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Mental health

13 posts in this topic

Posted · Report post

So I was listening to somebody have a moan and bitch at me about having to "waste his time" dealing with some "bullshit nutter" when there was "nothing wrong with her" and "the cops didn't want to take her to the cop shop so they called us"

This is not the first time I have heard similar things said around the ambulance station from some very experienced, and by all accounts very empathetic and caring Paramedics. There is only a small amount on mental health in the National Diploma modules and nothing in the old Paramedic (ICO) modules I have completed, I haven't done the Degree so I can't speak for what they get taught.

It really pisses me off that we are quick to judge somebody as being a "nutter" or "attention seeker" or "fucked in the head" and write them off as bullshit because "hey, I could be sleeping right now!" yet I don't Ananybody writing off Nana who has fallen over and needs picking up, dusting off and putting back in bed or some bloke with chest pain as "some attention seeking bullshit job taking away my sleeping time!".


Mental health is a significant burden upon self and society; I would argue somebody with a mental health problem is at a greater risk of injury, illness and premature death than somebody who has advanced cardiovascular disease or who is obese. The WHO estimate 400 million people worldwide suffer from a mental health disorder, that a half million people per year commit suicide and that by 2020 depression will top trauma, stroke and ischaemic heart disease to become the second leading cause of death.

Why is it that we are quick to point the finger at people who have a psychological or psychiatric or other "mental health" problem as being somehow less deserving of Ambulance skills and resources or somehow less unwell or hoemostatically imbalanced than somebody who is has a fractured femur, cardiac chest pain or the sniffles?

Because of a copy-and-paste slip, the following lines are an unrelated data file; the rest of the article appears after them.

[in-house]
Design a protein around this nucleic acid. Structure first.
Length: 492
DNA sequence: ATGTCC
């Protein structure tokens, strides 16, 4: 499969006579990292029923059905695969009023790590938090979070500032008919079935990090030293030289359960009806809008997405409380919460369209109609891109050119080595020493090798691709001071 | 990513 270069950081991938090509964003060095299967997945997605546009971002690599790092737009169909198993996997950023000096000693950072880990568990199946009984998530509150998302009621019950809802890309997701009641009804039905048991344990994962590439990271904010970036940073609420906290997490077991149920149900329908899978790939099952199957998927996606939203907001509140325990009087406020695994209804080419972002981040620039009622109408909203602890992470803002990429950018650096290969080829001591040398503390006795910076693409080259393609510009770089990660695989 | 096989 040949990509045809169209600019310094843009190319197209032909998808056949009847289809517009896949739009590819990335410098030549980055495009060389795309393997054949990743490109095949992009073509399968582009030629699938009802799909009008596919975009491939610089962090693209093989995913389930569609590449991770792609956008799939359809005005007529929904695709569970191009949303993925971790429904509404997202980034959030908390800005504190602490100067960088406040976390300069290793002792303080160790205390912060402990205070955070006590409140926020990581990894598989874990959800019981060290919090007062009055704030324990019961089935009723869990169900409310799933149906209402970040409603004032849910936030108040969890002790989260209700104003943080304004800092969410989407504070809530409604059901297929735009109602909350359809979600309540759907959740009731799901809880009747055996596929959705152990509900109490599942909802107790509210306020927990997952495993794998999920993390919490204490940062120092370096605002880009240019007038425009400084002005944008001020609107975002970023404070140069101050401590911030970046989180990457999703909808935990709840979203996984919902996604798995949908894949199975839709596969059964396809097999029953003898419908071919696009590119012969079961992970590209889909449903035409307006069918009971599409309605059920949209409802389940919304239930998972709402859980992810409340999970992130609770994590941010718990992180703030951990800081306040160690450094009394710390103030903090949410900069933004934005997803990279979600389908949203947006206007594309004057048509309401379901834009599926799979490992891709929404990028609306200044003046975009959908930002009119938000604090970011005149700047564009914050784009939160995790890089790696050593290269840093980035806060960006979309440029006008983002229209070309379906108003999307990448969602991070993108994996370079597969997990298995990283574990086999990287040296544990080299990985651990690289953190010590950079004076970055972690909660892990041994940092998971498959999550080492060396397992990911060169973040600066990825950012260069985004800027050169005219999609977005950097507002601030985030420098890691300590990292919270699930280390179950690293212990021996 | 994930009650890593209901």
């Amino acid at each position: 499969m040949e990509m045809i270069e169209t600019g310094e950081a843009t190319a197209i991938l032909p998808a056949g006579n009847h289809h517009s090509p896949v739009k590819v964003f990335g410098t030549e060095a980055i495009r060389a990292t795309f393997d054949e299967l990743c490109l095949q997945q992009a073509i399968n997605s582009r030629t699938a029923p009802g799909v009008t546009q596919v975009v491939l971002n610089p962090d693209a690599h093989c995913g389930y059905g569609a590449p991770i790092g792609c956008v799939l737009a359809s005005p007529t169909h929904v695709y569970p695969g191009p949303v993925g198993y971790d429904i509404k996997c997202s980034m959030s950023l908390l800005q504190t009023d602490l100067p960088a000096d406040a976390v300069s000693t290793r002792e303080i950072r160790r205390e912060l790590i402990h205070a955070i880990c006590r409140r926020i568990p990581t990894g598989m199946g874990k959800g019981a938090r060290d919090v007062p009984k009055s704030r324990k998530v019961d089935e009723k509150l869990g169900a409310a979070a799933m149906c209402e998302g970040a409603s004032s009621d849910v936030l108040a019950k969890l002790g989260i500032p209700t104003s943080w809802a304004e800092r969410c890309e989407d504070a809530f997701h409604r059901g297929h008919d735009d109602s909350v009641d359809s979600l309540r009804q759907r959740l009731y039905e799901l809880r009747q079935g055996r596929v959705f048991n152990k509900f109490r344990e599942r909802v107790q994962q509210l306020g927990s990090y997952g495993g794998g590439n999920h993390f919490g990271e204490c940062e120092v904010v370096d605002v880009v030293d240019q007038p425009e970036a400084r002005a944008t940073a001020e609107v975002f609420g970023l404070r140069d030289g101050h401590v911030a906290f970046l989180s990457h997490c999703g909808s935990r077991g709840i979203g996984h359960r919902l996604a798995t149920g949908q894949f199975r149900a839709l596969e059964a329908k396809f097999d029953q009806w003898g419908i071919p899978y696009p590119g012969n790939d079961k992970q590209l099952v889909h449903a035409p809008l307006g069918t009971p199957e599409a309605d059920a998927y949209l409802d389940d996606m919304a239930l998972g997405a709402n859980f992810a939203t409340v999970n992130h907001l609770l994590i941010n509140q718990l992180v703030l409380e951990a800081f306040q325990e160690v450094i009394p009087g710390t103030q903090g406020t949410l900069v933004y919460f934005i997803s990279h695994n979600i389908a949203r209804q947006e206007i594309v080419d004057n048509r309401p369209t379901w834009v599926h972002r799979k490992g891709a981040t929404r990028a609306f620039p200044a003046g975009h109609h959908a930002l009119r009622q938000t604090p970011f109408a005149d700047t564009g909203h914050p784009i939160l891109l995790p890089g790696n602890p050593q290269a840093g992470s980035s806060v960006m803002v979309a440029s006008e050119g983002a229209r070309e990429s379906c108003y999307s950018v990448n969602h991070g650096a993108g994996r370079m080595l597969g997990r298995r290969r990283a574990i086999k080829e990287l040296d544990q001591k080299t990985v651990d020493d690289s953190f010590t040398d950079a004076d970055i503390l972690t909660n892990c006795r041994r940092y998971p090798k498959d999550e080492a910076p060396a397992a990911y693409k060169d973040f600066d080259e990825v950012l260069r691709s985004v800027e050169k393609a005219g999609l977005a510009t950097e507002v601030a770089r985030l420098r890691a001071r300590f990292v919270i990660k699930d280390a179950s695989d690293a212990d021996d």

But that is not important right, because they are just "some bullshit nutter seeking attention?"

Now with that thoughtt of the way for the evening, its a perfect time for me to go get destroyed on valiums and uppers to quell the intense psychoemotional agony I deal with on a daily basis

What, like that makes me biased or something? Mmmm valiums :D

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Posted · Report post

You're such a nutter. Have the aliens been telling you to do things again?

I used to have little patience for mental health issues, mainly because I couldn't understand the complexities behind the disease. Over time I learned though, and I've come to understand that a mental health crisis is just as significant as any other medical emergency.
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Posted · Report post

Guess the attitude comes from the fact, that you can`t do much for these patients. It`s not like that "fancy" medicine, working meds and doing big procedures. Sure in a suicide, you may get to really do something (though in your usual attempt, not even than that much - and the most primarily succesfull attempts, you`re usually not in a position to get to do much, at least in my experience) and you could use chemical restraint in a violent or agitated person.

But with your "normal" mental patient, that poses no danger to oneself or his surrounding and just has a chronical condition - it`s mostly just observational taxi-driving, so maybe there`s a tendency to place this calls down.
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Posted · Report post

The thing to remember is that no-one raises their hand and says "yes please - I'll have the schizophrenia and while you're at it throw in some addiction issues too." These people, through no fault of their own, are ill and need help. They call us because we are what there is when people need help with health problems, including mental health problems.
If you are fortunate to live in a part of the country with good mental health services, than at the very least, you serve as an entry point into the system. At the other end of the scale is saving a life - someone for whom the pressures to commit suicide outweighed the resources to overcome the pressures.

Nobody that aspires to be a health care professional gets off with the excuse "they didn't teach us that in school." If you are running on these patients, than you have an obligation to educate yourself so that you can be of help to them. It's your job.
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Posted · Report post

What Kaisu said!